Purpose of review
This review examines the association between airway neutrophilia and severe asthma, potential mechanisms, and the effect on asthma control of therapies directed at reducing airway neutrophil numbers or activity.
The majority of studies that observe an association between airway neutrophilia and severe asthma are cross-sectional in nature, and the intensity of neutrophilia is low and may be a reflection of the age of the patients, effect of tobacco smoke exposure, or the high doses of corticosteroids used to treat their asthma. There may be a small proportion of patients who may have abnormal innate immune responses that may lead to airway neutrophilia. However, these neutrophils may not be any more activated than in patients with milder asthma. Novel strategies using small molecule antagonists against the interleukin-8 receptor, CXCR2, are able to reduce airway neutrophilia, and their clinical efficacies are being investigated.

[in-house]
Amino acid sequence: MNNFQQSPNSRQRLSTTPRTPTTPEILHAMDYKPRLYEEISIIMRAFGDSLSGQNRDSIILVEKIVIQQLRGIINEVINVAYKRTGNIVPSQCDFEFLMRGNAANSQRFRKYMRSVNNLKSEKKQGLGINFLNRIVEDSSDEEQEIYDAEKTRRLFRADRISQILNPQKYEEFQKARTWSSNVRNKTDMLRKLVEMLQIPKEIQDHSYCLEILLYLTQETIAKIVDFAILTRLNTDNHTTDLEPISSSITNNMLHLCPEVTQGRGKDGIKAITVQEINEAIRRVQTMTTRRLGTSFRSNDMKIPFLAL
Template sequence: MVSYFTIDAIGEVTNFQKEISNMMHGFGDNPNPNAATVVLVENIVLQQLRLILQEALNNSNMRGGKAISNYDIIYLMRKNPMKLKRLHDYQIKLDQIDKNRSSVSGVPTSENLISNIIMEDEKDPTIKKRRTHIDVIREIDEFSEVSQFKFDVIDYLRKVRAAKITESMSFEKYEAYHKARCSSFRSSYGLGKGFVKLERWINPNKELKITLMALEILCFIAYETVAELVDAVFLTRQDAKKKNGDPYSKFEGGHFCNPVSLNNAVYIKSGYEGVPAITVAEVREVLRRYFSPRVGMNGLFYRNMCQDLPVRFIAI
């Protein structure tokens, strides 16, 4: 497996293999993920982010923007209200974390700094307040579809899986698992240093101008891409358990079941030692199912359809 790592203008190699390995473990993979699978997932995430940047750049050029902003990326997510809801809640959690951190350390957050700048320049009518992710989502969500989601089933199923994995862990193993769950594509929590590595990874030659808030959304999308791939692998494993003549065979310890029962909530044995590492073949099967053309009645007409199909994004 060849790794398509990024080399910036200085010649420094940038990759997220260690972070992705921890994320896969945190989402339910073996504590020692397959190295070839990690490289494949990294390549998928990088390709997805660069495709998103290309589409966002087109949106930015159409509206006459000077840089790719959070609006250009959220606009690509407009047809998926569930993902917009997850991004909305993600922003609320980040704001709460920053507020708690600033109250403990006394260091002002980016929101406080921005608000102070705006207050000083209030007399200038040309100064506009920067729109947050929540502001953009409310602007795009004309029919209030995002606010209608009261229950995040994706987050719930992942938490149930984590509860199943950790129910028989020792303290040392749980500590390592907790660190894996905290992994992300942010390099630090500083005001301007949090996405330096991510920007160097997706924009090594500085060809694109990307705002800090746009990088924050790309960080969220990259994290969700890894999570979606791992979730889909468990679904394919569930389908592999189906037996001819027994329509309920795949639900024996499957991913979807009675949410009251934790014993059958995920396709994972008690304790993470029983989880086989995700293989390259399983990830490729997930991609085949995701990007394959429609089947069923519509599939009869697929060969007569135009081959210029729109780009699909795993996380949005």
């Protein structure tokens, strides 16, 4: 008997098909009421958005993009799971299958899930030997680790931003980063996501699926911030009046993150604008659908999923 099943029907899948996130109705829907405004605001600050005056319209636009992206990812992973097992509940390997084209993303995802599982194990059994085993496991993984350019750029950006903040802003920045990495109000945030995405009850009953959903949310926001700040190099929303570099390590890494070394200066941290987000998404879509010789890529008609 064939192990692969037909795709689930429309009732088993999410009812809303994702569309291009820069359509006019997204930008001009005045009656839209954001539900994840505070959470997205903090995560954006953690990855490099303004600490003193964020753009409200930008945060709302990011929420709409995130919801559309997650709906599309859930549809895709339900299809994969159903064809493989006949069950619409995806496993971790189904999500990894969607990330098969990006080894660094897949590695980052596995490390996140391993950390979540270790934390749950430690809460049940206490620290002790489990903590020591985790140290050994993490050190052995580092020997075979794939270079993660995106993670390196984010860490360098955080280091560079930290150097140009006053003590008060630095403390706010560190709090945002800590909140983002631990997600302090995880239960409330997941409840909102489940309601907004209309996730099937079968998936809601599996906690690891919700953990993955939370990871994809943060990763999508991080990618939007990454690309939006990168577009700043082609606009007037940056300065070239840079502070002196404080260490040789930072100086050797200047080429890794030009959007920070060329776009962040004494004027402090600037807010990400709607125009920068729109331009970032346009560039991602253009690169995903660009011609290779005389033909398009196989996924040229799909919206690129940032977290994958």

Although cross-sectional studies suggest that airway neutrophilia may be observed in some patients with severe asthma, it is not clearly established if this is a consequence of treatment with corticosteroids or if it contributes directly to asthma pathobiology and severity. New therapies such as anti-CXCR2 provide an opportunity to investigate the contribution of neutrophils to asthma severity.